South Scotland

Lincolnshire man's sentence cut over Tweedsmuir death crash

Andrew File Image copyright CIARAN DONNELLY
Image caption Andrew File was jailed for three years at the High Court in Glasgow but his sentence was cut to two years

A Lincolnshire man who was jailed for killing a Canadian tourist in a crash in the Scottish Borders has had his sentence cut by appeal judges.

Andrew File, 42, of Sleaford, was given a three-year term after being convicted of causing death by careless driving.

A court heard he caused the death of Murielle Vaillant, 57, from Quebec, on the A701 near Tweedsmuir in May 2012.

Judges ruled three years in jail was excessive and reduced his sentence to two years.

His car veered onto the wrong side of the road and struck a Peugeot car being driven by 61-year-old businessman Louis Vaillant. The collision caused Mrs Vaillant to die at the scene.

On Tuesday, judges Lord Bracadale and Lord Menzies reduced File's sentence to two years at the Court of Criminal Appeal in Edinburgh.

His legal team were appealing against the sentence imposed at Glasgow High Court.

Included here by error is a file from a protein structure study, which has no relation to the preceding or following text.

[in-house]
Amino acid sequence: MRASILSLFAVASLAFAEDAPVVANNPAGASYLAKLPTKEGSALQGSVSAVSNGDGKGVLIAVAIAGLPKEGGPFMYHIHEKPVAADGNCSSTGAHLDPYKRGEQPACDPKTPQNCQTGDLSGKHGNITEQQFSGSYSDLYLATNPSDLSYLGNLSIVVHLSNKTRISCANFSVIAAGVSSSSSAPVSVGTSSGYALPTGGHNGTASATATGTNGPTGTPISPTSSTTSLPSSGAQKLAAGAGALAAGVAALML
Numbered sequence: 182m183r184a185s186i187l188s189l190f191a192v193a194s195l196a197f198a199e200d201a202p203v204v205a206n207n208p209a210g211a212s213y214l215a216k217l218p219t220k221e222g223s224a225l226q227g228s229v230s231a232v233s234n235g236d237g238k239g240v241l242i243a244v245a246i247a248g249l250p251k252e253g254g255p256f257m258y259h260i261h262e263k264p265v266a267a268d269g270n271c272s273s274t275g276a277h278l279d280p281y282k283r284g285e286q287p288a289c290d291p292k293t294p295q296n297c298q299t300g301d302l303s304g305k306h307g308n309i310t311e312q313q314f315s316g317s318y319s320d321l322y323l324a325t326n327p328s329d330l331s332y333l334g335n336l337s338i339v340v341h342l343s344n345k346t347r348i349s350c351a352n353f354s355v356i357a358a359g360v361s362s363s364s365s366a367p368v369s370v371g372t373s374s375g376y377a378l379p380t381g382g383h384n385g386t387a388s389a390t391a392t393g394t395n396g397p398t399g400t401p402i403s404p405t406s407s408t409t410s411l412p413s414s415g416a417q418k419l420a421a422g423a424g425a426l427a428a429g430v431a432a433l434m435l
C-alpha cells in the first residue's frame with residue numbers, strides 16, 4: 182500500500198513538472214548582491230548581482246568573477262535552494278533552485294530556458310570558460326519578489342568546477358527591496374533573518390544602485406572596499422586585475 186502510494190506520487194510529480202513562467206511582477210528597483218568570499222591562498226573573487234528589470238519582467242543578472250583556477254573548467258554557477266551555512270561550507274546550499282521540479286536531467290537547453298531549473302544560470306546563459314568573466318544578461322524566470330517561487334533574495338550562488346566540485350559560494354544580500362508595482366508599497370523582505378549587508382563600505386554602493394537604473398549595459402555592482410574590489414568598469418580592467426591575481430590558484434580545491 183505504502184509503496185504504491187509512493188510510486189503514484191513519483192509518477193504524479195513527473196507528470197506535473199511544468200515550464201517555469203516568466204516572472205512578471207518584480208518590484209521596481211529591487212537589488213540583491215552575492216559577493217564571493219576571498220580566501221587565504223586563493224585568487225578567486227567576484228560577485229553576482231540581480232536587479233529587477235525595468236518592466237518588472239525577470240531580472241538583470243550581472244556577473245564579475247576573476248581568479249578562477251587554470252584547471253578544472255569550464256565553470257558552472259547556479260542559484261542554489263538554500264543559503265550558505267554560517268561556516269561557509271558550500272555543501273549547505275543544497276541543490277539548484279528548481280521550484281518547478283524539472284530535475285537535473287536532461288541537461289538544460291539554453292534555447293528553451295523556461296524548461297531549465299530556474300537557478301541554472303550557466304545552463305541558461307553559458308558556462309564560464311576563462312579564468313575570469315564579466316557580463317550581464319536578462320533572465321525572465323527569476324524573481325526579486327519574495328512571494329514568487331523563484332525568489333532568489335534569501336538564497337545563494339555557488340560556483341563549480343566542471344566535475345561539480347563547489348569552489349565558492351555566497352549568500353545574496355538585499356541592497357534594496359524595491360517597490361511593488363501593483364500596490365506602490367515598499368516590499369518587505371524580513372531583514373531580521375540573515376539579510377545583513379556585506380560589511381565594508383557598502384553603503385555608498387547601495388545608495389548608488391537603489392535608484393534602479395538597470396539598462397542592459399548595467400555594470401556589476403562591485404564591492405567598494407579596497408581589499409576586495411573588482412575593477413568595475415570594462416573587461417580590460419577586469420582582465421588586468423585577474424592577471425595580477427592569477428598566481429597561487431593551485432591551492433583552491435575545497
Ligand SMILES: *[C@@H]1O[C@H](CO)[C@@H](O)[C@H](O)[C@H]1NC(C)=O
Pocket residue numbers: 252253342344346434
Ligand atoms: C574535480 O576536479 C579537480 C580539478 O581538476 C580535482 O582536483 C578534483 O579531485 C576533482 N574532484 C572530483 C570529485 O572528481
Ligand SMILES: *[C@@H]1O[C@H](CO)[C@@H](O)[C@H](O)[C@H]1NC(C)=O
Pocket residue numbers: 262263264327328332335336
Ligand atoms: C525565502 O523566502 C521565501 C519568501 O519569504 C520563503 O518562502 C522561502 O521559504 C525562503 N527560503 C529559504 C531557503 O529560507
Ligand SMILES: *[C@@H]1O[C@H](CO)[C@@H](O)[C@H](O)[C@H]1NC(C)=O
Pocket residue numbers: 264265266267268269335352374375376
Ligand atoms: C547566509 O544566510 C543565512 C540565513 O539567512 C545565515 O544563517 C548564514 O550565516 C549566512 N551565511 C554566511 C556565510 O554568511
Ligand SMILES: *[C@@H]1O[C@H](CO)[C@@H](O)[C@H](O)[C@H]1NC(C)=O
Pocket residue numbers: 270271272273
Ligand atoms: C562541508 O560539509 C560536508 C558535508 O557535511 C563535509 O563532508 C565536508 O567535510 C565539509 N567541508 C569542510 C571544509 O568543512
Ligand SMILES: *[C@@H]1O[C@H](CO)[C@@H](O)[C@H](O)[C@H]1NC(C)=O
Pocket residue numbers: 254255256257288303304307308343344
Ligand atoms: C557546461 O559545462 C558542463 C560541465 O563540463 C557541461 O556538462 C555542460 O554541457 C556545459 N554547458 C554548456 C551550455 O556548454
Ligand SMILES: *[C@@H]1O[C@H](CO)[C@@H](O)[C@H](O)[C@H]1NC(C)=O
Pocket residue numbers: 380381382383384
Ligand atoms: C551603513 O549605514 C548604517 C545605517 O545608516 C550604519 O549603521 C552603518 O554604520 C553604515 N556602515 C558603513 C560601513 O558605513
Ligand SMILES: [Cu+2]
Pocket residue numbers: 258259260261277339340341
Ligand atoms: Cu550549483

The judges ruled that the three-year sentence was excessive for the charge of causing death by careless driving. They thought a two-year sentence was more appropriate.

Delivering the appeal court's verdict, Lord Bracadale said: "We are satisfied that the length of the sentence was excessive."

File was convicted of causing death by careless driving at the High Court in Edinburgh. Sentence was deferred to the High Court in Glasgow.

He originally faced a charge of causing death by dangerous driving, but a jury convicted him of the lesser charge.

File was travelling to Scotland in a Dodge Caliber when the crash took place.

Mr Vaillant, a businessman who lives near Ottawa, was driving south with his wife of 35 years after a visit to St Andrews, Fife.

On Tuesday, solicitor advocate Simon Collins argued that sentencing guidelines for the offence File was convicted of meant that Lady Rae was wrong to impose three years.

Mr Collins added: "There is no doubt that this was a tragic incident for all concerned.

"However, a three year sentence is excessive."

Lords Menzies and Bracadale agreed and ruled that File should only serve two years inside.

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